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More insight on how genes affect lean body mass

Scientists from Erasmus MC, along with several other research institutions, are making great progress in understanding the genetics behind lean body mass, which consists primarily of skeletal muscle mass. A new study, published July 19th in the journal Nature Communications, outlines their findings in what is the largest, most comprehensive genetic study of lean mass to date.

The study found evidence that lean mass is highly heritable. By understanding the genetic contributions to lean mass - and thus of muscle mass - future treatments may be developed to prevent the loss of lean mass with aging which may lead to a condition called 'sarcopenia' stemming from the Greek term meaning poverty of flesh. Sarcopenia is a syndrome characterized by progressive and generalized loss of skeletal muscle mass and strength and it is associated with physical disability, poor quality of life and death.

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Dr. Carola Zillikens, one of the first authors of the publication and head of the Bone Center at Erasmus MC, mentioned the importance to obtain insight into the cause of loss of muscle mass and strength with aging which may lead to functional impairments, disabilities, and to an increased risk of falls and fractures. "This insight is very important since there are currently no drugs that can prevent the development of sarcopenia."
With the study, scientists aimed to pinpoint the genes associated with lean mass that may one day lead to therapies that will curtail loss of lean mass and to gain more insight in the contributions muscle mass has to the body’s metabolism.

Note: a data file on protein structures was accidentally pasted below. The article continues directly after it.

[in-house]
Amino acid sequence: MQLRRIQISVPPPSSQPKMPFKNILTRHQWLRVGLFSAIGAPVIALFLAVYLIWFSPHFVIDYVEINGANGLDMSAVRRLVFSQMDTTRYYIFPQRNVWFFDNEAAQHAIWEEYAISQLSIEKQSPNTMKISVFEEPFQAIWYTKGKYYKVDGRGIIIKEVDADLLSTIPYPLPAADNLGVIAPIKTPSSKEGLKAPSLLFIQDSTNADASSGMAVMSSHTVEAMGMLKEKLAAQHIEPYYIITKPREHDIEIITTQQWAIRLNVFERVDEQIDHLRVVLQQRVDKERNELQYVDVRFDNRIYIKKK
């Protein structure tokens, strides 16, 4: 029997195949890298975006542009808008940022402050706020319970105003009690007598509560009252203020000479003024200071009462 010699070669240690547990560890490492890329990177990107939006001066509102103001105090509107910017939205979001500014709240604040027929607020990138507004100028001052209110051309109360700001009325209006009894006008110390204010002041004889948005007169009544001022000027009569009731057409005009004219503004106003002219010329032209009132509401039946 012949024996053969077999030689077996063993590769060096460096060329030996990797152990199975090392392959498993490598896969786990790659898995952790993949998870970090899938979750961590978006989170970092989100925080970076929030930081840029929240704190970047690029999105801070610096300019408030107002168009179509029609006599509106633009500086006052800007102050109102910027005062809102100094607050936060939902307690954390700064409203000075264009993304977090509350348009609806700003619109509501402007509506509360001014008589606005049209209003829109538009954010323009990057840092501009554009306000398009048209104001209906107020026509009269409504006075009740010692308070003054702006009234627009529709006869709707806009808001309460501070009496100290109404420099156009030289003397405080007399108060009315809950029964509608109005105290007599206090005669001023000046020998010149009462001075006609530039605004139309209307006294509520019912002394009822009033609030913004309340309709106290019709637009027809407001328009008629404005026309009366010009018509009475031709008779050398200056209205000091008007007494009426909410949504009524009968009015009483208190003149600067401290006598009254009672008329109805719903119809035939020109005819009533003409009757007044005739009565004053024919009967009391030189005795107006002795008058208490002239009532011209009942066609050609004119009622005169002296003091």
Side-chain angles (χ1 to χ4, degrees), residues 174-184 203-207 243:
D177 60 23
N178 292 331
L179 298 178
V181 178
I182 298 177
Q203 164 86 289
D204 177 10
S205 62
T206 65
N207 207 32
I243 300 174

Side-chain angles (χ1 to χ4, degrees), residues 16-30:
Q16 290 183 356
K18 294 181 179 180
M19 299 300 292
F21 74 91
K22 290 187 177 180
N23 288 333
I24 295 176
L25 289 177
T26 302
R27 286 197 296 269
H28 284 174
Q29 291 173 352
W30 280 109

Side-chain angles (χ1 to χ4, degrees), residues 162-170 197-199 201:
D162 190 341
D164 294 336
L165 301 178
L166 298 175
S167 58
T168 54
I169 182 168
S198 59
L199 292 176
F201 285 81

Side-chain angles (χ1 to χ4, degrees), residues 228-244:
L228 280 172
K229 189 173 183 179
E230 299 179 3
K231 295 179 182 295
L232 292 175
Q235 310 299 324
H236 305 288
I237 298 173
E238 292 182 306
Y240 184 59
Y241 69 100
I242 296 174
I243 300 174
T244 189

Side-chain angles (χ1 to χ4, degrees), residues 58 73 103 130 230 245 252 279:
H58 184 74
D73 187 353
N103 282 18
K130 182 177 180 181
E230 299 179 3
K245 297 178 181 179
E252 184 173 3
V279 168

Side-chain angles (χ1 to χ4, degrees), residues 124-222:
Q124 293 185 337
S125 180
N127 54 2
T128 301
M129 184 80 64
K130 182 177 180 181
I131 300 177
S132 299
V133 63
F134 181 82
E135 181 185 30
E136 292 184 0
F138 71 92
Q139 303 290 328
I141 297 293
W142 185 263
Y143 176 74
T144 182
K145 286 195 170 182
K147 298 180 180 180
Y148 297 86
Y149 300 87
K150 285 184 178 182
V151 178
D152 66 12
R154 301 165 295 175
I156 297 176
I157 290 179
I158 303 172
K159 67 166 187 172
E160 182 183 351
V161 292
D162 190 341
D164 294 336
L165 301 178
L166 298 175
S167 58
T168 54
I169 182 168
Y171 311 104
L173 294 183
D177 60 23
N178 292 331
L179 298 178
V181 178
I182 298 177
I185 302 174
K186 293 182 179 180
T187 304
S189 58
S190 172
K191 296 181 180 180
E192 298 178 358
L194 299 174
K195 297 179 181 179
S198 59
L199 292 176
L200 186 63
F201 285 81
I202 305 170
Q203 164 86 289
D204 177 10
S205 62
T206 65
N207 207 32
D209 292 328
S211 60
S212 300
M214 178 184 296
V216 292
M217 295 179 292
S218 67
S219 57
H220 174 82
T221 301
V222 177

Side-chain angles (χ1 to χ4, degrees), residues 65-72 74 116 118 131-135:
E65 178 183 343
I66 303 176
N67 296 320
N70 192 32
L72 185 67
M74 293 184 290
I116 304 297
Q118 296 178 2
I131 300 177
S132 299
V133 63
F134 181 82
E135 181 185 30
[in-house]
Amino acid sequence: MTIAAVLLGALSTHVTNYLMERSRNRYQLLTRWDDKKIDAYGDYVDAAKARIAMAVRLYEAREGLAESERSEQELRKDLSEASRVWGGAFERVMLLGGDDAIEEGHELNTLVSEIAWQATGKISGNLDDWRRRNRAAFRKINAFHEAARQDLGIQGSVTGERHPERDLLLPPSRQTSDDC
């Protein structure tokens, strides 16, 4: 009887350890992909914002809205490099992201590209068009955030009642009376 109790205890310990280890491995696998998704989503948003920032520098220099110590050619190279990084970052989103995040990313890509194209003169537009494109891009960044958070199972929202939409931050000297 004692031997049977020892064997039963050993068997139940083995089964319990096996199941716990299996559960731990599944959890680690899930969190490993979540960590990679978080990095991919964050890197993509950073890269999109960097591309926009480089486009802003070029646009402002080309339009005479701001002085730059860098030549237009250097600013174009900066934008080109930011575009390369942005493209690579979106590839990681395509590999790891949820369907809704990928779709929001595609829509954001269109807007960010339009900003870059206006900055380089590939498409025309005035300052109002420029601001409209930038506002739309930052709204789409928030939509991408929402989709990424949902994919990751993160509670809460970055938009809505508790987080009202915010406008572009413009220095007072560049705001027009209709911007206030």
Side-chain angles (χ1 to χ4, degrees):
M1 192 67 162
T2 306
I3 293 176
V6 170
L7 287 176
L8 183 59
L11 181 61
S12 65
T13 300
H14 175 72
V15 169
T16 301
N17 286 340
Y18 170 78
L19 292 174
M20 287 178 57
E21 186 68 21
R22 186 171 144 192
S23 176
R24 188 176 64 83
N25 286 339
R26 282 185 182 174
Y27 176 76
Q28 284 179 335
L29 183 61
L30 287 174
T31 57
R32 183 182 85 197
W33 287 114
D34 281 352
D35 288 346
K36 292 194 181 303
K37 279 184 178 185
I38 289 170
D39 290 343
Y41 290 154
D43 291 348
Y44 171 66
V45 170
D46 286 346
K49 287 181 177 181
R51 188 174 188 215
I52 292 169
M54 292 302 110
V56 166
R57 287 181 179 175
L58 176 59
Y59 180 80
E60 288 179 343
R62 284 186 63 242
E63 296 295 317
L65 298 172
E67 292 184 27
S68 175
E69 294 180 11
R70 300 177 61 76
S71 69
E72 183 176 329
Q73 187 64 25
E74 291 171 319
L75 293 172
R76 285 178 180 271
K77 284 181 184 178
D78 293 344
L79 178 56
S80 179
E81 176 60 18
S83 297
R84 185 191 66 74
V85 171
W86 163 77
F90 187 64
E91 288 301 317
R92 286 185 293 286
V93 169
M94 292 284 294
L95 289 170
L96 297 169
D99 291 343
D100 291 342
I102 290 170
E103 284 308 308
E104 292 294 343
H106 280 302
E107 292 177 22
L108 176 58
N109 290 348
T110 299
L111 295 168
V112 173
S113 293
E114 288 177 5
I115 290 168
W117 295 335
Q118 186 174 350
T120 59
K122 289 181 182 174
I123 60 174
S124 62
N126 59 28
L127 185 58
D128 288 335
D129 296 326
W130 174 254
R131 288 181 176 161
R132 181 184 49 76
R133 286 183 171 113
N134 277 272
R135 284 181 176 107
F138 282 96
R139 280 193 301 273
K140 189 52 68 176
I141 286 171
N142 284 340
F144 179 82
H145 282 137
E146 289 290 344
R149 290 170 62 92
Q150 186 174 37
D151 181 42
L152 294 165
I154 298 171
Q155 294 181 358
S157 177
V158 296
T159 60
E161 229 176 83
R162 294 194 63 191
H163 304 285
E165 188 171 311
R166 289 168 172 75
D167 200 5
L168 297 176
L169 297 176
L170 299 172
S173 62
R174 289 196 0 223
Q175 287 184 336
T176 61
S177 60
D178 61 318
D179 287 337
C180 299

Unwanted situation
"The findings of this study are not only important because they may lead to the development of therapies to reduce the loss of muscle mass with aging" Dr. Zillikens says. "They also show that some genetic variants that we found associated with more lean mass are also associated with more fat mass while other variants influence fat mass and lean mass in the opposite direction. This may indicate that some therapies being developed to increase muscle mass with aging may lead to more fat mass while some new therapies being developed to fight obesity with the aim to reduce fat mass may also reduce muscle mass. This would be an unwanted situation for most obese people because muscles are important not only for strength of the body and bones but also for the capacity to burn fat."

Muscle mass
The project involved more than 50 individual studies and a total of about 100,000 study participants from around the world that all contributed data to discover the genetic determinants of lean mass. The scientists also used information from many large pre-existing sources of genetic data to understand their findings, including information from individuals who had undergone muscle biopsies. Ultimately the goal is gain more insight in the biologic processes that lead to a loss of muscle mass, reduced physical strength, and frailty as people get older.

Date published: 19 July 2017.

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